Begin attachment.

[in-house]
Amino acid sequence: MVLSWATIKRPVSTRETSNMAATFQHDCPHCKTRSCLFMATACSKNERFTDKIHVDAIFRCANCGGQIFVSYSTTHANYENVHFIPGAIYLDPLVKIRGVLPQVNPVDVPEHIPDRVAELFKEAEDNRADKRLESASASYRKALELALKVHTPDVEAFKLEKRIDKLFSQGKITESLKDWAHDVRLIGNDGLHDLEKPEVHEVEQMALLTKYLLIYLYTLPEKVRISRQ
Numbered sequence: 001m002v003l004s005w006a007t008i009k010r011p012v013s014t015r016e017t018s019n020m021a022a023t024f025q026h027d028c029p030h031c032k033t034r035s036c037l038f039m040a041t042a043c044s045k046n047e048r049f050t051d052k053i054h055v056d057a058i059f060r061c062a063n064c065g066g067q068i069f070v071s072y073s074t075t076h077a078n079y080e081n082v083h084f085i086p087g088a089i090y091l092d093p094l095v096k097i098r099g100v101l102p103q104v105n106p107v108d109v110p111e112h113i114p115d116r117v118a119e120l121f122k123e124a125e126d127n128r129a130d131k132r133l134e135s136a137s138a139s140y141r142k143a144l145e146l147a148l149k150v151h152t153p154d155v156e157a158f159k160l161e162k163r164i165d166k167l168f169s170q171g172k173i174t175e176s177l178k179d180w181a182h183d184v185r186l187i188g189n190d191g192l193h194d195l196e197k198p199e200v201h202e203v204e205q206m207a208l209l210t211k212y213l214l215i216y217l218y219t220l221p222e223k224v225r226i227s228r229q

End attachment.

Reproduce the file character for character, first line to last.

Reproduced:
[in-house]
Amino acid sequence: MVLSWATIKRPVSTRETSNMAATFQHDCPHCKTRSCLFMATACSKNERFTDKIHVDAIFRCANCGGQIFVSYSTTHANYENVHFIPGAIYLDPLVKIRGVLPQVNPVDVPEHIPDRVAELFKEAEDNRADKRLESASASYRKALELALKVHTPDVEAFKLEKRIDKLFSQGKITESLKDWAHDVRLIGNDGLHDLEKPEVHEVEQMALLTKYLLIYLYTLPEKVRISRQ
Numbered sequence: 001m002v003l004s005w006a007t008i009k010r011p012v013s014t015r016e017t018s019n020m021a022a023t024f025q026h027d028c029p030h031c032k033t034r035s036c037l038f039m040a041t042a043c044s045k046n047e048r049f050t051d052k053i054h055v056d057a058i059f060r061c062a063n064c065g066g067q068i069f070v071s072y073s074t075t076h077a078n079y080e081n082v083h084f085i086p087g088a089i090y091l092d093p094l095v096k097i098r099g100v101l102p103q104v105n106p107v108d109v110p111e112h113i114p115d116r117v118a119e120l121f122k123e124a125e126d127n128r129a130d131k132r133l134e135s136a137s138a139s140y141r142k143a144l145e146l147a148l149k150v151h152t153p154d155v156e157a158f159k160l161e162k163r164i165d166k167l168f169s170q171g172k173i174t175e176s177l178k179d180w181a182h183d184v185r186l187i188g189n190d191g192l193h194d195l196e197k198p199e200v201h202e203v204e205q206m207a208l209l210t211k212y213l214l215i216y217l218y219t220l221p222e223k224v225r226i227s228r229q